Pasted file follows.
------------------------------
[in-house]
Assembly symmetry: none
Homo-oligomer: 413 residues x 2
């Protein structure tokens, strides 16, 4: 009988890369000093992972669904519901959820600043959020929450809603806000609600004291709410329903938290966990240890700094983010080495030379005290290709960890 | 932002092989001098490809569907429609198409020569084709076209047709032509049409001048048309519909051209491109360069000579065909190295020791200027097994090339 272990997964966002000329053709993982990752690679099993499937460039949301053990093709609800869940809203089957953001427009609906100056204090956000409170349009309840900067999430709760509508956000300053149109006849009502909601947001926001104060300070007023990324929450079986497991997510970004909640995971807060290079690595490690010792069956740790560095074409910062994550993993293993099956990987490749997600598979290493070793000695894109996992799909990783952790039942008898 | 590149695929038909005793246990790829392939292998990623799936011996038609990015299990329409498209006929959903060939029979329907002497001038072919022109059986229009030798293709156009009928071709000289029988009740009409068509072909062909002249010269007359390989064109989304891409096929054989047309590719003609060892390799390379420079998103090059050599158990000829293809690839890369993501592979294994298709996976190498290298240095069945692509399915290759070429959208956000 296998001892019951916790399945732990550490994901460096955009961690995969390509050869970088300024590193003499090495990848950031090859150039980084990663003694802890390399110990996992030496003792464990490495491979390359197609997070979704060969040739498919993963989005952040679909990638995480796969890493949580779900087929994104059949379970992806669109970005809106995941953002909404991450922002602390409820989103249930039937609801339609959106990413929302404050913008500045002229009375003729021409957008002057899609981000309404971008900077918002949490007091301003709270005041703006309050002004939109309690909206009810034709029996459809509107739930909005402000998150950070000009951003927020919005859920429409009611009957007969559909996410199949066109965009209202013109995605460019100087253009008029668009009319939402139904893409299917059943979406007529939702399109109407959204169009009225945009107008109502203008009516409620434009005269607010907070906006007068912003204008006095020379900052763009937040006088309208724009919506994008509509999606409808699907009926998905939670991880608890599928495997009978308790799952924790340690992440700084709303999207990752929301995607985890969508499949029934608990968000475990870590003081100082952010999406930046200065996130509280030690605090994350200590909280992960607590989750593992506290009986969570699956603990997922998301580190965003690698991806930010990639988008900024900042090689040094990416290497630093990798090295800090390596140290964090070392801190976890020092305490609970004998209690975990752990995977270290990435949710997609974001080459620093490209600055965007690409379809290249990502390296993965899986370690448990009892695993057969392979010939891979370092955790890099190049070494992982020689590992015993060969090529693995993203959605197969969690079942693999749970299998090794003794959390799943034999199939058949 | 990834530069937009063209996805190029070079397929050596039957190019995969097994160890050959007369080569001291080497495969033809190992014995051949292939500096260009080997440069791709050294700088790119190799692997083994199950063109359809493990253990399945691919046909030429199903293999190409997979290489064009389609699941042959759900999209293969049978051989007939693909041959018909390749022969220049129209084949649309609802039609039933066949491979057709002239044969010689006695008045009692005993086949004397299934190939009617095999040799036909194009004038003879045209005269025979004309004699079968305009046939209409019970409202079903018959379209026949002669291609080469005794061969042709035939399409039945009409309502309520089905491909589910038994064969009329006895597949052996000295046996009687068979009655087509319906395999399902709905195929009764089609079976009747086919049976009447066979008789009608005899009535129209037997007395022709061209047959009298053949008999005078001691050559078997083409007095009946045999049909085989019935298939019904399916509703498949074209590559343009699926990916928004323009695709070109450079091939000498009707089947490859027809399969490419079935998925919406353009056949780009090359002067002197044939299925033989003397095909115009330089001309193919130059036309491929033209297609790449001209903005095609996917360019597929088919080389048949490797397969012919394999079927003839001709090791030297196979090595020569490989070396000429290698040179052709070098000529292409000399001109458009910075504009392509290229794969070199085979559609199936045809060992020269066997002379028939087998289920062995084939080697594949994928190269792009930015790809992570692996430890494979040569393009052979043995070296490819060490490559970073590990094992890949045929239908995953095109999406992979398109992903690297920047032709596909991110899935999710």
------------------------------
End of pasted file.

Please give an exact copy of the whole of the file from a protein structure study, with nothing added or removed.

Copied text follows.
[in-house]
Assembly symmetry: none
Homo-oligomer: 413 residues x 2
């Protein structure tokens, strides 16, 4: 009988890369000093992972669904519901959820600043959020929450809603806000609600004291709410329903938290966990240890700094983010080495030379005290290709960890 | 932002092989001098490809569907429609198409020569084709076209047709032509049409001048048309519909051209491109360069000579065909190295020791200027097994090339 272990997964966002000329053709993982990752690679099993499937460039949301053990093709609800869940809203089957953001427009609906100056204090956000409170349009309840900067999430709760509508956000300053149109006849009502909601947001926001104060300070007023990324929450079986497991997510970004909640995971807060290079690595490690010792069956740790560095074409910062994550993993293993099956990987490749997600598979290493070793000695894109996992799909990783952790039942008898 | 590149695929038909005793246990790829392939292998990623799936011996038609990015299990329409498209006929959903060939029979329907002497001038072919022109059986229009030798293709156009009928071709000289029988009740009409068509072909062909002249010269007359390989064109989304891409096929054989047309590719003609060892390799390379420079998103090059050599158990000829293809690839890369993501592979294994298709996976190498290298240095069945692509399915290759070429959208956000 296998001892019951916790399945732990550490994901460096955009961690995969390509050869970088300024590193003499090495990848950031090859150039980084990663003694802890390399110990996992030496003792464990490495491979390359197609997070979704060969040739498919993963989005952040679909990638995480796969890493949580779900087929994104059949379970992806669109970005809106995941953002909404991450922002602390409820989103249930039937609801339609959106990413929302404050913008500045002229009375003729021409957008002057899609981000309404971008900077918002949490007091301003709270005041703006309050002004939109309690909206009810034709029996459809509107739930909005402000998150950070000009951003927020919005859920429409009611009957007969559909996410199949066109965009209202013109995605460019100087253009008029668009009319939402139904893409299917059943979406007529939702399109109407959204169009009225945009107008109502203008009516409620434009005269607010907070906006007068912003204008006095020379900052763009937040006088309208724009919506994008509509999606409808699907009926998905939670991880608890599928495997009978308790799952924790340690992440700084709303999207990752929301995607985890969508499949029934608990968000475990870590003081100082952010999406930046200065996130509280030690605090994350200590909280992960607590989750593992506290009986969570699956603990997922998301580190965003690698991806930010990639988008900024900042090689040094990416290497630093990798090295800090390596140290964090070392801190976890020092305490609970004998209690975990752990995977270290990435949710997609974001080459620093490209600055965007690409379809290249990502390296993965899986370690448990009892695993057969392979010939891979370092955790890099190049070494992982020689590992015993060969090529693995993203959605197969969690079942693999749970299998090794003794959390799943034999199939058949 | 990834530069937009063209996805190029070079397929050596039957190019995969097994160890050959007369080569001291080497495969033809190992014995051949292939500096260009080997440069791709050294700088790119190799692997083994199950063109359809493990253990399945691919046909030429199903293999190409997979290489064009389609699941042959759900999209293969049978051989007939693909041959018909390749022969220049129209084949649309609802039609039933066949491979057709002239044969010689006695008045009692005993086949004397299934190939009617095999040799036909194009004038003879045209005269025979004309004699079968305009046939209409019970409202079903018959379209026949002669291609080469005794061969042709035939399409039945009409309502309520089905491909589910038994064969009329006895597949052996000295046996009687068979009655087509319906395999399902709905195929009764089609079976009747086919049976009447066979008789009608005899009535129209037997007395022709061209047959009298053949008999005078001691050559078997083409007095009946045999049909085989019935298939019904399916509703498949074209590559343009699926990916928004323009695709070109450079091939000498009707089947490859027809399969490419079935998925919406353009056949780009090359002067002197044939299925033989003397095909115009330089001309193919130059036309491929033209297609790449001209903005095609996917360019597929088919080389048949490797397969012919394999079927003839001709090791030297196979090595020569490989070396000429290698040179052709070098000529292409000399001109458009910075504009392509290229794969070199085979559609199936045809060992020269066997002379028939087998289920062995084939080697594949994928190269792009930015790809992570692996430890494979040569393009052979043995070296490819060490490559970073590990094992890949045929239908995953095109999406992979398109992903690297920047032709596909991110899935999710």